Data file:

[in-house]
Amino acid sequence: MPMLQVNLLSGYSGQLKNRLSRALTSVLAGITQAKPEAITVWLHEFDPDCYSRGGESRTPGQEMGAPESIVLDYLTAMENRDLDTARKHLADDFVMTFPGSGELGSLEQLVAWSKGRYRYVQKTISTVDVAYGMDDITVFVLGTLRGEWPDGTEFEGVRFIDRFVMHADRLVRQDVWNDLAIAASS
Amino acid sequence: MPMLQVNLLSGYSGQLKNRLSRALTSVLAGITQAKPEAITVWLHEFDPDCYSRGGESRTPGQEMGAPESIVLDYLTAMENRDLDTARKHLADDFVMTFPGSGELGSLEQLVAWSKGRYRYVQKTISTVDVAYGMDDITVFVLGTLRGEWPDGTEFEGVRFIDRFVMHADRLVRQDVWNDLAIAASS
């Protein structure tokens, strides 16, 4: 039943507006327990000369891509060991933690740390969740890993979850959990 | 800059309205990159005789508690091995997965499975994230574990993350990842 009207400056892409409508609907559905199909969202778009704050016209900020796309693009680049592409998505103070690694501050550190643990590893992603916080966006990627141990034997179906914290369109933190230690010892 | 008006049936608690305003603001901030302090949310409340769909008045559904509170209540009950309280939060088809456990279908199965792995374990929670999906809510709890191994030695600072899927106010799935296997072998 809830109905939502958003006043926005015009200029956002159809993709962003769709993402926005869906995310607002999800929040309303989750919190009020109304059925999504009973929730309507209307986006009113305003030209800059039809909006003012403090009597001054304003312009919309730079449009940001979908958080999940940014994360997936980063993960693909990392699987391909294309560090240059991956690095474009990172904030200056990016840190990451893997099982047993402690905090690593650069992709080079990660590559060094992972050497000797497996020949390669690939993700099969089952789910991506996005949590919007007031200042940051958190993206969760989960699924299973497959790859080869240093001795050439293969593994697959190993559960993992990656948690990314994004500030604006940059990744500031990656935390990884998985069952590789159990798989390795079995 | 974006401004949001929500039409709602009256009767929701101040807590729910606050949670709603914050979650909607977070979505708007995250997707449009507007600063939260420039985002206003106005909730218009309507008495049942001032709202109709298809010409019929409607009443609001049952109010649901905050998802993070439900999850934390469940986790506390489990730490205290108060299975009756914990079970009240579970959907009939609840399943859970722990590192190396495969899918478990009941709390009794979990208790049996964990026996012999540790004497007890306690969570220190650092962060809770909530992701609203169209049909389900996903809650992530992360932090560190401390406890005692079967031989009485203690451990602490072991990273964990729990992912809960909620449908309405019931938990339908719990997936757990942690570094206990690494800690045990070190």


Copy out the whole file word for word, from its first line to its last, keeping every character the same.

[in-house]
Amino acid sequence: MPMLQVNLLSGYSGQLKNRLSRALTSVLAGITQAKPEAITVWLHEFDPDCYSRGGESRTPGQEMGAPESIVLDYLTAMENRDLDTARKHLADDFVMTFPGSGELGSLEQLVAWSKGRYRYVQKTISTVDVAYGMDDITVFVLGTLRGEWPDGTEFEGVRFIDRFVMHADRLVRQDVWNDLAIAASS
Amino acid sequence: MPMLQVNLLSGYSGQLKNRLSRALTSVLAGITQAKPEAITVWLHEFDPDCYSRGGESRTPGQEMGAPESIVLDYLTAMENRDLDTARKHLADDFVMTFPGSGELGSLEQLVAWSKGRYRYVQKTISTVDVAYGMDDITVFVLGTLRGEWPDGTEFEGVRFIDRFVMHADRLVRQDVWNDLAIAASS
């Protein structure tokens, strides 16, 4: 039943507006327990000369891509060991933690740390969740890993979850959990 | 800059309205990159005789508690091995997965499975994230574990993350990842 009207400056892409409508609907559905199909969202778009704050016209900020796309693009680049592409998505103070690694501050550190643990590893992603916080966006990627141990034997179906914290369109933190230690010892 | 008006049936608690305003603001901030302090949310409340769909008045559904509170209540009950309280939060088809456990279908199965792995374990929670999906809510709890191994030695600072899927106010799935296997072998 809830109905939502958003006043926005015009200029956002159809993709962003769709993402926005869906995310607002999800929040309303989750919190009020109304059925999504009973929730309507209307986006009113305003030209800059039809909006003012403090009597001054304003312009919309730079449009940001979908958080999940940014994360997936980063993960693909990392699987391909294309560090240059991956690095474009990172904030200056990016840190990451893997099982047993402690905090690593650069992709080079990660590559060094992972050497000797497996020949390669690939993700099969089952789910991506996005949590919007007031200042940051958190993206969760989960699924299973497959790859080869240093001795050439293969593994697959190993559960993992990656948690990314994004500030604006940059990744500031990656935390990884998985069952590789159990798989390795079995 | 974006401004949001929500039409709602009256009767929701101040807590729910606050949670709603914050979650909607977070979505708007995250997707449009507007600063939260420039985002206003106005909730218009309507008495049942001032709202109709298809010409019929409607009443609001049952109010649901905050998802993070439900999850934390469940986790506390489990730490205290108060299975009756914990079970009240579970959907009939609840399943859970722990590192190396495969899918478990009941709390009794979990208790049996964990026996012999540790004497007890306690969570220190650092962060809770909530992701609203169209049909389900996903809650992530992360932090560190401390406890005692079967031989009485203690451990602490072991990273964990729990992912809960909620449908309405019931938990339908719990997936757990942690570094206990690494800690045990070190």